The proposal circulating for a Noogacentric investment co-op for local investors seems all the more attractive when we learn how far local companies go to borrow when facing a liquidity crisis.
A local company, blessed suddenly with an abundance of orders, went into hock for $117,721 to obtain $88,512 in credit. According to contract papers between a local company and WebBank in Salt Lake City, Utah, the debtor was wired the amount of the loan, and pays $535 every weekday by automatic withdrawal from the company’s account, making $11,772 in payments each month for 10 months.
The payments are rhythmic, “and so far it hasn’t affected the company, but it’s a pretty big payout,” says Mr. P, the proprietor, whose name he asks not be revealed. He admits the interest rate is 33 percent, but points out, “it’s also a noncollateral — a quick loan. *** It’s the quickness — you can get the money, plus, you know, the high interest rate is just something you got to pay.”
He says the stiff interest rate is worth it to be able to cover his payroll. “We’ve got three large jobs at one time, and there just wasn’t money in the company to fund it, so I had to have quick money real quick to [get] these jobs. *** I wouldn’t call it evil, but you start taking 30 to 33 percent of your profit, that’s a pretty good margin.”
I ask Mr. P if he would like to have a local source of quick cash. Yes, he said. Even if his interest rate had been halved. “Fifteen — sixteen percent is still a good return for an investor, plus it helps the small business out,” the businessman says.
His lender is WebBank, in the heart of Mormon country, “an FDIC-insured, state-chartered industrial bank that provides customized consumer and commercial financing solutions on a nationwide basis,” it says on its website. “WebBank is a leading provider of closed-end and revolving private-label and bank card financing programs.”
Lococentric finance hub helps internal economy
Lovers of local economy have taken an interest in the idea of Noogacentric investment co-op that would let local small investors like me invest in local small companies such as Mr. P’s. The Noogacentric Venture Fund, modeled after that of Volunteer Energy Co-op in Bradley and counties north or, perhaps, Ace Hardware, would be a means whereby local economy can avoid entering the federally regulated investment field of securities, and it would let small investors put their funds in a local hopper. That pot would be overseen by people such as those that run CoLab in Chattanooga, a company that helps startups. They would have accounting, economic, forensic and capital-oriented skills, advising investees and borrowers and stewarding the money given to them in trust.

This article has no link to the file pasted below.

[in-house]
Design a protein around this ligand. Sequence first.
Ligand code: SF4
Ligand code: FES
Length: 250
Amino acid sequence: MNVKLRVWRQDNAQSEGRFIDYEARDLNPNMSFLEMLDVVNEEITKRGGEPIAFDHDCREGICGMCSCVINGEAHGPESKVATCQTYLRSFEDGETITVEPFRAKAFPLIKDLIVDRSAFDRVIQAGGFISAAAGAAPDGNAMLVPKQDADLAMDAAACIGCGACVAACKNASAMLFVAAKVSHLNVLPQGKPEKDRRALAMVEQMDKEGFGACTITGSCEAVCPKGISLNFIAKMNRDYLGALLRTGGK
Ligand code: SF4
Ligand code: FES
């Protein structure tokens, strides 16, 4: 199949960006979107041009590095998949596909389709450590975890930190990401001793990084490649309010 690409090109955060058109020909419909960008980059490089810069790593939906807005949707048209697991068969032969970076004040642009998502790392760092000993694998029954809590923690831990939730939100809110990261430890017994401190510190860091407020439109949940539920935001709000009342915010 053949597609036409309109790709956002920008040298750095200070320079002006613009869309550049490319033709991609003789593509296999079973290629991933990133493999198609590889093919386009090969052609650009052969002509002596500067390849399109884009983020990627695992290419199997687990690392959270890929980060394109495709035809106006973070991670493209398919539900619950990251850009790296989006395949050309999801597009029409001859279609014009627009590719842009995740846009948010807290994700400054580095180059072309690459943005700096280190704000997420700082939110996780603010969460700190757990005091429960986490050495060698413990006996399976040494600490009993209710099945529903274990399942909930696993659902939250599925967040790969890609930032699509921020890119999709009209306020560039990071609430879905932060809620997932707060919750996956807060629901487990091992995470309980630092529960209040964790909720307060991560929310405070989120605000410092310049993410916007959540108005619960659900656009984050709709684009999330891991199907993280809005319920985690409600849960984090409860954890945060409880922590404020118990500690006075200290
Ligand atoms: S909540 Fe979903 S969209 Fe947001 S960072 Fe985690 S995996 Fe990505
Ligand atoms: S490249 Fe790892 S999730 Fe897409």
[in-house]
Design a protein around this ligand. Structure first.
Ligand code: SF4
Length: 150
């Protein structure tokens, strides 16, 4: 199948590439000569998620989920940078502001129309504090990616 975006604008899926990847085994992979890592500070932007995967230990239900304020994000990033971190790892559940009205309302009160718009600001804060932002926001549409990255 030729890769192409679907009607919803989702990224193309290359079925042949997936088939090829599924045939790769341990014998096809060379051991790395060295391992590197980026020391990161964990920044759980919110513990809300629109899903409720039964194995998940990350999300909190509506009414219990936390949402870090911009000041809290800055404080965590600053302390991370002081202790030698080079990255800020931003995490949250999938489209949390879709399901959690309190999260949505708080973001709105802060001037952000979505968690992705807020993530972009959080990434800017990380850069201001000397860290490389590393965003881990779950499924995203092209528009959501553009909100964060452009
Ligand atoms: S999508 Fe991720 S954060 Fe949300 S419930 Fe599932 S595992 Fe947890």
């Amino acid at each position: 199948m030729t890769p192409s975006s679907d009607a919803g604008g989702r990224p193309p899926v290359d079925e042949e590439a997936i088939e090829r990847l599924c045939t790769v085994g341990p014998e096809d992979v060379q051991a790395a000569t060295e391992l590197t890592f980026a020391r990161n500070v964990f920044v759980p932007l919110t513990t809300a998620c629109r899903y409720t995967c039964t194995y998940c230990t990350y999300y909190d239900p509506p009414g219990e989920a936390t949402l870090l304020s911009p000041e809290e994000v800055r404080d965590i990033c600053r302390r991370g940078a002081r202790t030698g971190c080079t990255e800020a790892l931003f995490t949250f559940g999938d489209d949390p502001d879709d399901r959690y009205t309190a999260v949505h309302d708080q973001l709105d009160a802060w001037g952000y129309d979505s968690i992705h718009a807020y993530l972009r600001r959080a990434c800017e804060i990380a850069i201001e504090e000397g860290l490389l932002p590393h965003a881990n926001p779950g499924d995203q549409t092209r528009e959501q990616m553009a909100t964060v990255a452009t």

When I talk up my concept with Mr. P, he says it sounds like a good idea. Chattanooga, my hometown — like your hometown — needs a lococentric, local economy-boosting fund such as I propose. A journalist who is working on the theory of local investing is Amy Cortese, who on a website, locavesting.com, makes a series of helpful suggestions about loving your neighbor and “shopping” local.
“A dollar spent at a local independent business, on average, generates three times more local economic benefit than a dollar spent at a corporate-owned chain. According to the GAO, a quarter of the country’s largest companies paid no federal income tax in 2005 on more than $1 trillion in revenue.
“Just 1% of the money flying around the stock market goes to funding businesses through public stock offerings; the rest is trading and speculation. Forty percent of agricultural startups are denied financing, according to the Carrot Project. And more than half of farmers surveyed by the National Young Farmers Coalition cited lack of capital as their biggest obstacle.
“The median IPO size 20 years ago was $10 million; in 2009, it was $140 million. The IPO market is effectively closed to 80% of companies that need it. If Americans shifted just 1 percent of their investments to locally owned companies, more than $260 billion would be injected into the Main Street economy — without costing the government a dime.”
The great blessing of a Chattanooga local investment co-op is that it could provide loans and capital from the existing money base. In other words, it would be money that already exists. It would not be credit, created by the fractional reserve process. It would not be new money. It would not be inflationary.